Title: " Polaroid camera test #2 of Eileen Myles" Date: 9/2016 Medium: Fuji instant 3000b B&W film By: Gail Thacker

” Polaroid camera test #2 of Eileen Myles” (September 2016), Fuji instant 3000b black-and-white film (photo by Gail Thacker)

The first time I heard Eileen Myles read her poetry was in New York City, in 1984, the same year that she was artistic director of The Poetry Project at St. Mark’s Church. Over the years, Myles has written at least 19 books of poetry, fiction, and nonfiction, and several librettos and plays. In 1991, she ran as a write-in presidential candidate when the notion of a queer, female, candidate was incredible. Myles has since become a feminist butch icon, with her writing and her persona quoted in the film Grandma and the Emmy Award-winning show Transparent.

In the autumn of 2012, I read one of her Facebook posts where she mentioned her plan to go on a street retreat where participants would sleep on the streets for four days, in the East Village, Soho, Tribeca, Wall Street, and Chinatown, and eat food in homeless shelters. When I ran into Eileen in front of the art gallery Participant Inc. on Houston Street, I suggested I interview her after she went on her retreat.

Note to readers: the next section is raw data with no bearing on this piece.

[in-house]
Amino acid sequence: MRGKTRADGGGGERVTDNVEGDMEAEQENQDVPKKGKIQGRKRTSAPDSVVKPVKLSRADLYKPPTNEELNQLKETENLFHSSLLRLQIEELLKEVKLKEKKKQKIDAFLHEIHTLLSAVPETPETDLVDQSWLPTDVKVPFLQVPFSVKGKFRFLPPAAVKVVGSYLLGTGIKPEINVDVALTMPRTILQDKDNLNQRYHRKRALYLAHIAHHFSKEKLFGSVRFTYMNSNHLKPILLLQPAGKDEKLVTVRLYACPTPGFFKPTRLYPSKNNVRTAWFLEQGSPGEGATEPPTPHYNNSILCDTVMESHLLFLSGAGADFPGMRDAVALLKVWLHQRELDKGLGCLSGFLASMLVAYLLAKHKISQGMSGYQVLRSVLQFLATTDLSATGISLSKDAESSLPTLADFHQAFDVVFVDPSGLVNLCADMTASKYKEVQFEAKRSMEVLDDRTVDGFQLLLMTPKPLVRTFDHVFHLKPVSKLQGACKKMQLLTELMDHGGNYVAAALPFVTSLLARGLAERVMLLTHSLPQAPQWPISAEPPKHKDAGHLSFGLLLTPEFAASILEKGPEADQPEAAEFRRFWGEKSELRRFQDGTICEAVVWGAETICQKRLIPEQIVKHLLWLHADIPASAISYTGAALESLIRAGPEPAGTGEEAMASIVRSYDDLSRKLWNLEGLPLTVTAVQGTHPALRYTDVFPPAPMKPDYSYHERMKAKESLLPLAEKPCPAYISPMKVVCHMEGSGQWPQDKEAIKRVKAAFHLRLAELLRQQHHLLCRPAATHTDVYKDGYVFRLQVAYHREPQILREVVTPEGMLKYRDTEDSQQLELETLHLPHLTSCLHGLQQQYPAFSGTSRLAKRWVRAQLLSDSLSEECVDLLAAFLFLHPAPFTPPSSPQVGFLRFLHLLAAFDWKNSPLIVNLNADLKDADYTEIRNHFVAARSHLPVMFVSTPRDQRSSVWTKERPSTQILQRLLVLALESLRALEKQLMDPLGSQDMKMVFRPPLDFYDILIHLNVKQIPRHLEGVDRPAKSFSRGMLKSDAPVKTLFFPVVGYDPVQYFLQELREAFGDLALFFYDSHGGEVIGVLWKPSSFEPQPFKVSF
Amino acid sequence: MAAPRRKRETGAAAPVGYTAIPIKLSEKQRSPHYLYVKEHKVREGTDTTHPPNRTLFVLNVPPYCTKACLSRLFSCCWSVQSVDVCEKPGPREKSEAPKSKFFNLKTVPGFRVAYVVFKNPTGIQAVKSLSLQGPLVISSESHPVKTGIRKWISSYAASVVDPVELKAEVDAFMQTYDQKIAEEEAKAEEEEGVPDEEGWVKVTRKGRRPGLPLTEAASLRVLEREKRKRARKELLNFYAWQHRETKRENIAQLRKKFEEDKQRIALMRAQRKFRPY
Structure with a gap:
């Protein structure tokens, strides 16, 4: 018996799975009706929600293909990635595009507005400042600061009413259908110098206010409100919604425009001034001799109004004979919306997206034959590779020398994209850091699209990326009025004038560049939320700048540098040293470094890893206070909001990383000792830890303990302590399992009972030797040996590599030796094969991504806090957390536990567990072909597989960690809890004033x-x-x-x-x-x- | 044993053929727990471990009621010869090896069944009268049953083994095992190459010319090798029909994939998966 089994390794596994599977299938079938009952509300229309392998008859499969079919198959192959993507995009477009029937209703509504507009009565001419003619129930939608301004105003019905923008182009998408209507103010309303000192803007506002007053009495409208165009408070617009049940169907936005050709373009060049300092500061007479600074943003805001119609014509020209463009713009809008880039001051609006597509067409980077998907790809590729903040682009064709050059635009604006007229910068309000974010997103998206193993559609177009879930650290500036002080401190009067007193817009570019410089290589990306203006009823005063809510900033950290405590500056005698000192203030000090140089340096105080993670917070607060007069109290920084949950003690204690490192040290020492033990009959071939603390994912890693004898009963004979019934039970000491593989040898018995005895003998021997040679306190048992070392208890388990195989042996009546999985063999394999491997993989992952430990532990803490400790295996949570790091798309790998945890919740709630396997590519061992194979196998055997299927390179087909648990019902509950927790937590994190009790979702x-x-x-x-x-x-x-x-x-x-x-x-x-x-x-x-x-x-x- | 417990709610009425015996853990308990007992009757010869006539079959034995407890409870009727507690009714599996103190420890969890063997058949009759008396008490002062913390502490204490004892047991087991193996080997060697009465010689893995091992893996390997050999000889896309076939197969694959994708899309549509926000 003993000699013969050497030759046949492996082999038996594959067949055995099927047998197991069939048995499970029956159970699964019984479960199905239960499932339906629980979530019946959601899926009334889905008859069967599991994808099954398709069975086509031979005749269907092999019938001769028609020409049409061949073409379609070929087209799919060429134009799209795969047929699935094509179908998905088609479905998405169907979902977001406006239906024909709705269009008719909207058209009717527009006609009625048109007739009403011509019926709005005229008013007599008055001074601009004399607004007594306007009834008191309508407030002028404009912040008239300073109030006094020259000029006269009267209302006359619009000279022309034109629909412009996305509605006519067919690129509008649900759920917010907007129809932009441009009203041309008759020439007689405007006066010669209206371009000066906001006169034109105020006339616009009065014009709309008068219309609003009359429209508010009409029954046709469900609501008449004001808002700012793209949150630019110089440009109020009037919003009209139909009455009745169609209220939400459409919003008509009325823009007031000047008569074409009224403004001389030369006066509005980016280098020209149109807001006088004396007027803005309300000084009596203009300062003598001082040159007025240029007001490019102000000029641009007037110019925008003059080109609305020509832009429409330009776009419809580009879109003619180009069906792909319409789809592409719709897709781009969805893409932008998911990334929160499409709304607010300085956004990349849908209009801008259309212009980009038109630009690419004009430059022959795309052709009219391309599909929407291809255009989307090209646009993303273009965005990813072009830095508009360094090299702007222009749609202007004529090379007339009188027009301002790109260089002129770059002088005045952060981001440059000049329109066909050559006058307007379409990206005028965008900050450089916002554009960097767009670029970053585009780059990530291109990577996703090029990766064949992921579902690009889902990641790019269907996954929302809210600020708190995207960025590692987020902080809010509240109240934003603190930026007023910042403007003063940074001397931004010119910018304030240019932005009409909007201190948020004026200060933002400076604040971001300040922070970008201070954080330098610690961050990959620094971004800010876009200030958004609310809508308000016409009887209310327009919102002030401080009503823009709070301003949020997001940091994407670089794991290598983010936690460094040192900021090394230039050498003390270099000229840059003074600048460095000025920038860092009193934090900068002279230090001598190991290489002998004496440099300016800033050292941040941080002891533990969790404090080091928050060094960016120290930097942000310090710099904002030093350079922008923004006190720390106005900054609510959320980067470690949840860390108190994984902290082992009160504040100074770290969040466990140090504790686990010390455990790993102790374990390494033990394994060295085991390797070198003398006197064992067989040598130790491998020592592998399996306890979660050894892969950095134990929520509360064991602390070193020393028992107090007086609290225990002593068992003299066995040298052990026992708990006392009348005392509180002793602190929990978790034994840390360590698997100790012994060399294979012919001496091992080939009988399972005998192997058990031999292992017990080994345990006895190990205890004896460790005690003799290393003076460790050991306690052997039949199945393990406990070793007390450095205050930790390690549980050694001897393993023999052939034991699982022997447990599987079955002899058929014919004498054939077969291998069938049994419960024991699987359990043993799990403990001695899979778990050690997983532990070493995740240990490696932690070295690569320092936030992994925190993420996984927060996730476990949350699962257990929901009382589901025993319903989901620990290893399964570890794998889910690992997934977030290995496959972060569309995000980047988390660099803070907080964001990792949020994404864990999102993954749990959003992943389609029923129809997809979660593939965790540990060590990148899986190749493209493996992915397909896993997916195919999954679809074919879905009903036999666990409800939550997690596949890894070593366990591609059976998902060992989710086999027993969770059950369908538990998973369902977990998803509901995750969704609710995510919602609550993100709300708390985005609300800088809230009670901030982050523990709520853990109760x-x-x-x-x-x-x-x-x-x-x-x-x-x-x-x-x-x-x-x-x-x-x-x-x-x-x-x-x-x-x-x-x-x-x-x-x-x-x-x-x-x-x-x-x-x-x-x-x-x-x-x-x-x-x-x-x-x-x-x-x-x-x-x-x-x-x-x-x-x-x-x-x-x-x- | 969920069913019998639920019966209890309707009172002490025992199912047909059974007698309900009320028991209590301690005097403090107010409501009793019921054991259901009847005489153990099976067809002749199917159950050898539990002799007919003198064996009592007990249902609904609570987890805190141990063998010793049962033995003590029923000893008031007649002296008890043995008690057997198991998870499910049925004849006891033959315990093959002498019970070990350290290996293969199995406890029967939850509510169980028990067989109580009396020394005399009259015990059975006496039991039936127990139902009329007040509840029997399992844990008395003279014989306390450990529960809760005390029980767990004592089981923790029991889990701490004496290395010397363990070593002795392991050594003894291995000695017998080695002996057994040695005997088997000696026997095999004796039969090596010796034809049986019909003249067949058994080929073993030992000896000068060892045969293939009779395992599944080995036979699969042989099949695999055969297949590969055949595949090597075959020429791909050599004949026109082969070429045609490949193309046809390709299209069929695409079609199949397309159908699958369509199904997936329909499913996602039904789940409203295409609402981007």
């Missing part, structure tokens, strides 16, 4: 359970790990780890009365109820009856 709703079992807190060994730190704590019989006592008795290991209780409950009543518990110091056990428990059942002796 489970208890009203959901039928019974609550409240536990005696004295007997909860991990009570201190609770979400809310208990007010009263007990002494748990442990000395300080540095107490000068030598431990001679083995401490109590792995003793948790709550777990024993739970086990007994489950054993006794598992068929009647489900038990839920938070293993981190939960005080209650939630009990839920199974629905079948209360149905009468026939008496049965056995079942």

Last week, Myles embarked on another Zen Street Retreat, camping out again, possibly a repeat of what she described four years ago as “sleeping in the night air on the Staten Island Ferry, with the lights, and the darkness.” I found a description of the street retreat online: “We don’t say we’re homeless; we’re simply living on the streets for several days, relying on the generosity of the streets to take care of us.” The tradition of street retreats references back to 2,500 years ago when Shakyamuni Buddha led his Buddhist monks each morning in the practice of begging for their daily food.

“When I heard about the retreat I was so glad I could do it because it felt like the right time,” Myles told me in 2012. “I had been hearing about these retreats for a while and this was the one. … So to spend this time was to enter a fear and let it come over me. I liked begging. But of course it wasn’t my life.”

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Shelley Marlow: There were eight people on the retreat. What were the parameters and rules that you all agreed to before going on this retreat?

Eileen Myles: We agreed not to bring any money, cellphones, extra clothes — though a pair of socks was okay, plus the ones we wore. We brought one piece of identification. We brought a blanket and a rain poncho and backpack to bring them in. We agreed to stay with the group, to pick a partner for the few times we were separated and to keep our eyes on that partner.

SM: Were any of these rules broken?

EM: I think a few people wandered off at various points but we all became very interested in their absence and no one really took off or went elsewhere. It was minor exploring.

SM: Were there other elements of performance in the retreat?